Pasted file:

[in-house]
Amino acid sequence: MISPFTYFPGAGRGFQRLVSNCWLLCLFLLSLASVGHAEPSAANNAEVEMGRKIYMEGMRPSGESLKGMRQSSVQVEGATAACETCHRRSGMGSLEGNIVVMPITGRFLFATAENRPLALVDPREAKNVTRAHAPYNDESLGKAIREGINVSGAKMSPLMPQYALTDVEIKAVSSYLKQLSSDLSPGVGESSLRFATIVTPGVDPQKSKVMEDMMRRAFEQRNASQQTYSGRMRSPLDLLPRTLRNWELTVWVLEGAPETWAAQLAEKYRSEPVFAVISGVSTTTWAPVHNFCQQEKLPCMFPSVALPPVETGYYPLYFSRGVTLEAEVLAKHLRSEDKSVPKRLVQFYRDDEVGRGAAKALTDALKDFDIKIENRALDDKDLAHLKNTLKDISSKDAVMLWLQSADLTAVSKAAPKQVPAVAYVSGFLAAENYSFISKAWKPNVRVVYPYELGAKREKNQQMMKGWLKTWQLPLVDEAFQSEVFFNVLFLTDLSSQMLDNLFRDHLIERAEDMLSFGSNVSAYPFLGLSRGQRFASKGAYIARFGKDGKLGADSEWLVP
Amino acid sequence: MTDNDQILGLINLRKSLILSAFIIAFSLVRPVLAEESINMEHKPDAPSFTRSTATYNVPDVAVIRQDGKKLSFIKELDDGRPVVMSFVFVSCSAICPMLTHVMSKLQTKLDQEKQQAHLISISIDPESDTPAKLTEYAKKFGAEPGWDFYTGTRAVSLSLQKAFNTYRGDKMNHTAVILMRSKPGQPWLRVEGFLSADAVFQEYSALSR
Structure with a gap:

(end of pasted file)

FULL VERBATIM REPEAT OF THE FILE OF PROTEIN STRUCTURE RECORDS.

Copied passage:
[in-house]
Amino acid sequence: MISPFTYFPGAGRGFQRLVSNCWLLCLFLLSLASVGHAEPSAANNAEVEMGRKIYMEGMRPSGESLKGMRQSSVQVEGATAACETCHRRSGMGSLEGNIVVMPITGRFLFATAENRPLALVDPREAKNVTRAHAPYNDESLGKAIREGINVSGAKMSPLMPQYALTDVEIKAVSSYLKQLSSDLSPGVGESSLRFATIVTPGVDPQKSKVMEDMMRRAFEQRNASQQTYSGRMRSPLDLLPRTLRNWELTVWVLEGAPETWAAQLAEKYRSEPVFAVISGVSTTTWAPVHNFCQQEKLPCMFPSVALPPVETGYYPLYFSRGVTLEAEVLAKHLRSEDKSVPKRLVQFYRDDEVGRGAAKALTDALKDFDIKIENRALDDKDLAHLKNTLKDISSKDAVMLWLQSADLTAVSKAAPKQVPAVAYVSGFLAAENYSFISKAWKPNVRVVYPYELGAKREKNQQMMKGWLKTWQLPLVDEAFQSEVFFNVLFLTDLSSQMLDNLFRDHLIERAEDMLSFGSNVSAYPFLGLSRGQRFASKGAYIARFGKDGKLGADSEWLVP
Amino acid sequence: MTDNDQILGLINLRKSLILSAFIIAFSLVRPVLAEESINMEHKPDAPSFTRSTATYNVPDVAVIRQDGKKLSFIKELDDGRPVVMSFVFVSCSAICPMLTHVMSKLQTKLDQEKQQAHLISISIDPESDTPAKLTEYAKKFGAEPGWDFYTGTRAVSLSLQKAFNTYRGDKMNHTAVILMRSKPGQPWLRVEGFLSADAVFQEYSALSR
Structure with a gap: